Faith (Typographic Wisdom II) to get you through the rest of your week.
FAITH=ART and ART=FAITH
T.S. Eliot also noted that culture can be defined as “that which makes life worth living.” Art is the evidence of that search for the elusive path toward our thriving, toward “that which makes life worth living.” Art can therefore be defined as “the substance of things hoped for,” the visible thread of that worthiness of life revealed in culture.
Of course, this is the term the writer of the Book of Hebrews used to describe faith: “Now faith is the substance of things hoped for, the evidence of things not seen” (Hebrews 11:1). Art also is “the substance of things hoped for, the evidence of things not seen.”"
I’ve been thinking about this kid since I saw him on Saturday.
I had spent that morning taking photographs of Family Day at the Museum of Contemporary Art, a monthly program where the museum offers free admission to families and have multiple stations of art making and art interaction for both kids and parents. I am there as a silent documentarian, taking notes with my camera so that the museum has images they can use for promotion as well as presentation material to receive funding. I walk up to the kids and ask, “What are you making?” They answer, and I ask if it’s ok if I take some photographs of them while they create. The kids almost always say yes, and I glance at the parents for their own nod of approval, after which I spend a few minutes capturing the scene.
For this recent Family Day the museum transformed their atrium into an enormous cardboard maze, none of which was anchored to the ground in any way, allowing the kids to move the large cardboard pieces to new places, creating a new maze with every move. They built tunnels, formed barriers, boxed themselves in, made exits, and in a scurry of excitement would at times bulldoze through the walls. The cardboard was large and the walls went above most of the kids heads. Parents stood on the outside looking over the walls and tracking their running children up and down the atrium.
Another station was called “Nightmare Swatters” which consisted of tables with crafty-looking bits of paper and cardboard and tape and pipe cleaners. The kids and parents made objects to swat away their bad dreams back in their bedrooms at night. One girl made what looked like a small tennis racket, while another girl made a long, thin piece with a grip at the bottom and red fuzzy pipe cleaners protruding from the top in all directions, like a spiked baseball bat, but gentler and brighter.
It’s all so generative, this making that gives life, making that speaks a message to the kids that they are good and that they are capable and that they make beautiful things. I get the privilege of watching and documenting these kids in the midst of their formation. I want to build a small altar in the corner of the museum and light incense and say a prayer of gratitude to God, a thank you for showing me that there is good in the world and allowing me to be a part of it, but if I did that I would likely get fired, so instead I walk up to the Alexander Calder exhibit and look at the mobiles and wink at them, as though they inhabit God in their strong metal pieces and gentle sway.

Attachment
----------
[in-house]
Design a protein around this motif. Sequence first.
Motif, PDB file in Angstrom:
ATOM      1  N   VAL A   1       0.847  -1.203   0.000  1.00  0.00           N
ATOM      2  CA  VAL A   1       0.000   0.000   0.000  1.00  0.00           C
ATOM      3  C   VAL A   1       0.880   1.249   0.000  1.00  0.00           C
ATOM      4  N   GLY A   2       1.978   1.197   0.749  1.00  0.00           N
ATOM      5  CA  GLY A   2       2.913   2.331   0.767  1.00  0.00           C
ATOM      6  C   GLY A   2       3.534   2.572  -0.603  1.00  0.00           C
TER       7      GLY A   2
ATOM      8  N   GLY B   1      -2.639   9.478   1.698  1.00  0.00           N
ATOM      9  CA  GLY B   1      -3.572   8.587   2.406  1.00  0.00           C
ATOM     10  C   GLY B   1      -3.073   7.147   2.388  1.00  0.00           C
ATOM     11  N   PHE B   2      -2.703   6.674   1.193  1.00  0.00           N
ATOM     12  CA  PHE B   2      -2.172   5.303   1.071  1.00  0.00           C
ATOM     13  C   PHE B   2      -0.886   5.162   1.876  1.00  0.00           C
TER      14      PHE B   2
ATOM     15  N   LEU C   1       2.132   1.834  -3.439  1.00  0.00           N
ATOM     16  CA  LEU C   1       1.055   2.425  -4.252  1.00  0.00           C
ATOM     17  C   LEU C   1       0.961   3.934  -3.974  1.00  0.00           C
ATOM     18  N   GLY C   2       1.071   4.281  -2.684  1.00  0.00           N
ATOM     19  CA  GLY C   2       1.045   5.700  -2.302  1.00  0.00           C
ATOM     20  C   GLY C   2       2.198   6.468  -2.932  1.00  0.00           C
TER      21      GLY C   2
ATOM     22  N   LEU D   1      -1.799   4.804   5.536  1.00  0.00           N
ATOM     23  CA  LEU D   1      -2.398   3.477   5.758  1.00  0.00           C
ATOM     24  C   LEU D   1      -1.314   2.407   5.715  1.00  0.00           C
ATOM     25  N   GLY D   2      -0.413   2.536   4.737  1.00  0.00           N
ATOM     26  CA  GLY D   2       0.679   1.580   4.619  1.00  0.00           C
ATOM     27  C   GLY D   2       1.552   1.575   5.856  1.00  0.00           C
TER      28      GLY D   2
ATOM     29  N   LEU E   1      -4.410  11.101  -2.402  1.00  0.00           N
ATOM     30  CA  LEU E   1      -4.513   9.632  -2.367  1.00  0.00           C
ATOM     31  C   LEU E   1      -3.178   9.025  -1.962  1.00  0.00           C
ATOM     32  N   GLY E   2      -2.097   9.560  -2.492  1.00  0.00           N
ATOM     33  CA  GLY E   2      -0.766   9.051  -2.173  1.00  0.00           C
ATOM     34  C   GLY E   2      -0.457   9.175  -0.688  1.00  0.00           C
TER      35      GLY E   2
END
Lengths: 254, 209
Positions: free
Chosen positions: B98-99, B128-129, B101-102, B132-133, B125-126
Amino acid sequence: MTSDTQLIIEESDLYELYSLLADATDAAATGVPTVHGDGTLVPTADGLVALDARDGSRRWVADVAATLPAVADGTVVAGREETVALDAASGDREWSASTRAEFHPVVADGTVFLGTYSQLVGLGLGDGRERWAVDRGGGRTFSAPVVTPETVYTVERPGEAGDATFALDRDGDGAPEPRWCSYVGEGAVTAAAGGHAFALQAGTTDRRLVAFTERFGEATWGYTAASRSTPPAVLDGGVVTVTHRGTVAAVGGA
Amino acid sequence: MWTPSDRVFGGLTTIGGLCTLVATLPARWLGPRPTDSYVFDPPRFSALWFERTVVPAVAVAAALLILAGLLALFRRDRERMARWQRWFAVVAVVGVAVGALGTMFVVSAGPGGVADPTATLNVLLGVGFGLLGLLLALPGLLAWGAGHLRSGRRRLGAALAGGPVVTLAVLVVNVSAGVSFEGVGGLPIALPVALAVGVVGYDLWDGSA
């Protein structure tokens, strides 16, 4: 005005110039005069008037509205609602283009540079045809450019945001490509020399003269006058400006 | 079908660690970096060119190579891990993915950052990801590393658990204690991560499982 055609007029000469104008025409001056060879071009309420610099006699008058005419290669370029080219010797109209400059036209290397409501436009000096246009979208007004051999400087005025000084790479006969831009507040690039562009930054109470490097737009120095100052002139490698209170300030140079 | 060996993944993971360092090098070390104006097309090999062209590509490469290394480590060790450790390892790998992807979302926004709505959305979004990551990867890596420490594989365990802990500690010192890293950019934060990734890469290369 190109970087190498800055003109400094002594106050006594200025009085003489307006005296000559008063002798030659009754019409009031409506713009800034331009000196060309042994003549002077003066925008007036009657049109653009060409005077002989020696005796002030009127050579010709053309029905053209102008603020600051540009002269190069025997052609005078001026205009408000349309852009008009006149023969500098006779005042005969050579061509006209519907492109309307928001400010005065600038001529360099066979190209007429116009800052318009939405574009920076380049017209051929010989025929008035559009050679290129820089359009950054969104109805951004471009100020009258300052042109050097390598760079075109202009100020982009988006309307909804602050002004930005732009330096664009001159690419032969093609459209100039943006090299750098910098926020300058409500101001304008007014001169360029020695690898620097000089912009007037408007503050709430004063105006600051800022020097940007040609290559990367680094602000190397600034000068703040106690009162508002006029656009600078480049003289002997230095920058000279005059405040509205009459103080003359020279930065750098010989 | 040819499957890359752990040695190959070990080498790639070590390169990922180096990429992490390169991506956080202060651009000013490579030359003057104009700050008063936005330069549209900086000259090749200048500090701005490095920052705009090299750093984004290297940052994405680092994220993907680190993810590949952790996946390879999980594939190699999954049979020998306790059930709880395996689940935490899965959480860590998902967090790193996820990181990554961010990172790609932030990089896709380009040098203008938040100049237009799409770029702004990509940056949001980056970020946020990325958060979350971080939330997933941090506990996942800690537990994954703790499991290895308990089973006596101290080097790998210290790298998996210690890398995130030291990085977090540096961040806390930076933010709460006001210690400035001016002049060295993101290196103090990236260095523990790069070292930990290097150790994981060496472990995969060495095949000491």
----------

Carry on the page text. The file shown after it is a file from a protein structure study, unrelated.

After two hours of shooting I left the museum and walked out to the corner of Chicago and Michigan where I was to catch my bus, and there stood this kid holding his sign, earbuds drowning out both the noise of the city and and the silence of being generally ignored.
I looked at him and thought about when I was his age, how my mother died around that time and how scared I was to be alive in a world of death. I thought about all of the kids at the museum as they made beautiful things, like those swatters that they could hold up in the air and bat away the darkness of the world. And I thought about how courageous he must have been, that kid holding the sign on the corner, how he was standing there on a gorgeous Saturday morning because adults likely told him that it was the right thing, that he was doing God’s work in the city. Maybe he wanted to bat away the darkness as well, but instead of an instrument of light someone had handed him an instrument of condemnation and death and pain.
I get it, kid. When I was your age I could have easily been doing the same thing, and now as an adult I find at times that I’m no different; I hold up my own signs that push my views and dogmatism on others all the time, with a similar belief that I am doing God’s work. Maybe one of the main differences between you and me is that you have more courage. It’s astounding, really, to see you so young and so bold. So today I will build a small altar for you, light some incense and pray to God that you will take all that fierce courage in your body and one day use it in a way that is life-giving and gentle, full of love for yourself and for others, stronger than any sign that’s ever been made. You’ve got it in you; I saw it, and I’m sorry that my only gesture was to take a photograph behind your back. Maybe one day I’ll have your courage, a boldness that would enable me to go up to you and tell you how good you are and how good you will be, and to say Come over here with me and let’s make different signs.
"When you become comfortable with uncertainty, infinite possibilities open up in your life… fear is no longer a dominant factor in what you do, and no longer prevents you from taking action to initiate change"
Eckhart Tolle (via thatkindofwoman)
"She quietly expected great things to happen to her, and no doubt that’s one of the reasons why they did."
Zelda Fitzgerald (via perfect)
"The only people I would care to be with now are artists and people who have suffered: those who know what beauty is, and those who know what sorrow is: nobody else interests me."
Oscar Wilde (via thatkindofwoman)
I miss him.